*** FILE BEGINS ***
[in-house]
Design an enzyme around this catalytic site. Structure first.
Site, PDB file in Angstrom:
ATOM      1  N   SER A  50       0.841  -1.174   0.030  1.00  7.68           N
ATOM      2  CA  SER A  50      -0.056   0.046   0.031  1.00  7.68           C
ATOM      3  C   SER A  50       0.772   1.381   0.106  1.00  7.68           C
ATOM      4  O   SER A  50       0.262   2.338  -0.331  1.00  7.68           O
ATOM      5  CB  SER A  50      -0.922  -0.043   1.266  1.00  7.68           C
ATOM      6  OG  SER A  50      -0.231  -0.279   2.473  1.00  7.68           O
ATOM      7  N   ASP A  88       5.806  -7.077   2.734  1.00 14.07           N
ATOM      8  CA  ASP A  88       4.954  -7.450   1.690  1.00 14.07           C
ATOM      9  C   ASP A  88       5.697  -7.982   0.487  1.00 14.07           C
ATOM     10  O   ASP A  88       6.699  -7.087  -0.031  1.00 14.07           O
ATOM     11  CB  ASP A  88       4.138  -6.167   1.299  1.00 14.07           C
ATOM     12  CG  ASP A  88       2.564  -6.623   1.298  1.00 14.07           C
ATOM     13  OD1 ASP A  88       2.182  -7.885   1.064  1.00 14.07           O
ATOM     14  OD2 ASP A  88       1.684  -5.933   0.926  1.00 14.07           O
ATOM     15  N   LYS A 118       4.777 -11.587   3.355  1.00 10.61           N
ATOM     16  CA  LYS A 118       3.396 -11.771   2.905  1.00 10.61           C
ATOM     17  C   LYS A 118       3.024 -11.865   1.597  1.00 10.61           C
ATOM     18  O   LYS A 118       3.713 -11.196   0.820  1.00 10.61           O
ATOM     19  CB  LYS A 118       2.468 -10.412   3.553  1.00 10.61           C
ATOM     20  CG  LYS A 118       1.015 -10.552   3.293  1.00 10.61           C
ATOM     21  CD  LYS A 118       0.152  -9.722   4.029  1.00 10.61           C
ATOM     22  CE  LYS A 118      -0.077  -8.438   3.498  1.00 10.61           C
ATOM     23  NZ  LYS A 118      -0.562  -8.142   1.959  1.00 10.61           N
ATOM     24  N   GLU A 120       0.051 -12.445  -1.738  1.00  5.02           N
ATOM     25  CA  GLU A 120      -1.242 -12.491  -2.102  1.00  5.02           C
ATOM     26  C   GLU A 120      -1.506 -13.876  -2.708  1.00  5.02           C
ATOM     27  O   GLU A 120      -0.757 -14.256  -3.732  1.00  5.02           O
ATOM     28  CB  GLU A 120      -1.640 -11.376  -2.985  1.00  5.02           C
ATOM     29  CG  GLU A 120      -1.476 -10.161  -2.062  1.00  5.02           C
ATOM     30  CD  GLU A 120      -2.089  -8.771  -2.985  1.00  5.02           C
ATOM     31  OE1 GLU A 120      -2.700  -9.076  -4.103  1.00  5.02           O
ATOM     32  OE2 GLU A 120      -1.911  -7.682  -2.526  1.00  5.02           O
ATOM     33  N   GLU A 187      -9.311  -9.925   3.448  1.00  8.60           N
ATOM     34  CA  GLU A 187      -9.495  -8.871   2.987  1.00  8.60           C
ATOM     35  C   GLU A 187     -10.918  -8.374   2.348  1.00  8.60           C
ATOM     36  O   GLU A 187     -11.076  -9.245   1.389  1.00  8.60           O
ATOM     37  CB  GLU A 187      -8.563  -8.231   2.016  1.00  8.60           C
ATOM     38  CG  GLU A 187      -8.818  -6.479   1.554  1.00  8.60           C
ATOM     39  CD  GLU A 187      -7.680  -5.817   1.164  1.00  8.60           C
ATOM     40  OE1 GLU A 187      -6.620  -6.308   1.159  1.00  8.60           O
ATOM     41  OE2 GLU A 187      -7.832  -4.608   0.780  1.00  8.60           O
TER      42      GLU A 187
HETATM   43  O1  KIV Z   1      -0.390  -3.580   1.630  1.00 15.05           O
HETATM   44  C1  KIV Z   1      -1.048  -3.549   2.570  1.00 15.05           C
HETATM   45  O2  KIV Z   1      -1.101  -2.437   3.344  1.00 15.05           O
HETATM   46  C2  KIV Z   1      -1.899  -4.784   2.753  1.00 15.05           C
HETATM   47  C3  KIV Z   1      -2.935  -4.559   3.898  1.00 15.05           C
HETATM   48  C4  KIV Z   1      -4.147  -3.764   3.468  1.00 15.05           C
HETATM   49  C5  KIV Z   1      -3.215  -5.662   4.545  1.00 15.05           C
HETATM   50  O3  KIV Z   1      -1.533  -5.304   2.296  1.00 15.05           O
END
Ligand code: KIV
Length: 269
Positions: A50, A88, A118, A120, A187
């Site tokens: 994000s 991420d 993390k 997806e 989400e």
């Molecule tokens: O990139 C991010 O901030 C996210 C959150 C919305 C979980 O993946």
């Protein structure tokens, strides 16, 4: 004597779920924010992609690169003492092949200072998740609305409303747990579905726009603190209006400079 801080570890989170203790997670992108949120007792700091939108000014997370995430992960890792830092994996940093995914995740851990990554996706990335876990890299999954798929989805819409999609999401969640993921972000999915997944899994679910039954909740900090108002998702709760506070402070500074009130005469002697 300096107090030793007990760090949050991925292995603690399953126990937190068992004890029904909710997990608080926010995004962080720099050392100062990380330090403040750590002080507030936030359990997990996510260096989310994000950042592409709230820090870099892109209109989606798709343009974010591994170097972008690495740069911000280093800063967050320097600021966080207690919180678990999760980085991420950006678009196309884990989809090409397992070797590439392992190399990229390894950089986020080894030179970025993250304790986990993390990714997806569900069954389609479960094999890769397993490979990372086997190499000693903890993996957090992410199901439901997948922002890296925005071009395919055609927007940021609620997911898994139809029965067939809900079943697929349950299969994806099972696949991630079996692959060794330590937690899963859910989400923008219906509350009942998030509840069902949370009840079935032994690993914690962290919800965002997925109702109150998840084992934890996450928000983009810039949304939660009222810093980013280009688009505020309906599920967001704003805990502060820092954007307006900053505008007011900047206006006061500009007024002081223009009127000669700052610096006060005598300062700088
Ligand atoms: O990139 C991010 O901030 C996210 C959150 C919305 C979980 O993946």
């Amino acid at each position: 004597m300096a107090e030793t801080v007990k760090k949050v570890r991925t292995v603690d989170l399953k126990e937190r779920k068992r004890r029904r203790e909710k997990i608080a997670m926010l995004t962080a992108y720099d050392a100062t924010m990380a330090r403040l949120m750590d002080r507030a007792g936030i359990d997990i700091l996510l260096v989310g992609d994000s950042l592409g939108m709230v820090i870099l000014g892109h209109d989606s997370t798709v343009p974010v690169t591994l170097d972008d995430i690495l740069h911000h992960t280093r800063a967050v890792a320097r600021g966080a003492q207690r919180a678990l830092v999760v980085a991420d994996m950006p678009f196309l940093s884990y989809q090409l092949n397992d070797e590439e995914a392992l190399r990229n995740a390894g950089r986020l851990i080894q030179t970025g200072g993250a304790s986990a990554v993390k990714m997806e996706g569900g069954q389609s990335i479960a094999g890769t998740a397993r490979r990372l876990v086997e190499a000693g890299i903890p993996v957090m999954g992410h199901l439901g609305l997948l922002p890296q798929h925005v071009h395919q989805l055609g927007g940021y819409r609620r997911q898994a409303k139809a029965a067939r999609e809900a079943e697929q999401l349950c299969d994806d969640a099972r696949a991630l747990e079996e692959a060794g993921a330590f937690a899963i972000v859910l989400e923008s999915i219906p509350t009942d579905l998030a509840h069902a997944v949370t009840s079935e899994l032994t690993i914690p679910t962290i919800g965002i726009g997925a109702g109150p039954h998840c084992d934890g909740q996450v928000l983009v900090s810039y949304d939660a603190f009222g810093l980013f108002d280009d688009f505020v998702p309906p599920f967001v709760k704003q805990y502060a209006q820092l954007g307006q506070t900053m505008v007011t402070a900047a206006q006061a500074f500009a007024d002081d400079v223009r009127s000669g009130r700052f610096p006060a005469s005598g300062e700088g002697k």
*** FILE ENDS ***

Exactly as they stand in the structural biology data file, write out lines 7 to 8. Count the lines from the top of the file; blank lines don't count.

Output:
ATOM      4  O   SER A  50       0.262   2.338  -0.331  1.00  7.68           O
ATOM      5  CB  SER A  50      -0.922  -0.043   1.266  1.00  7.68           C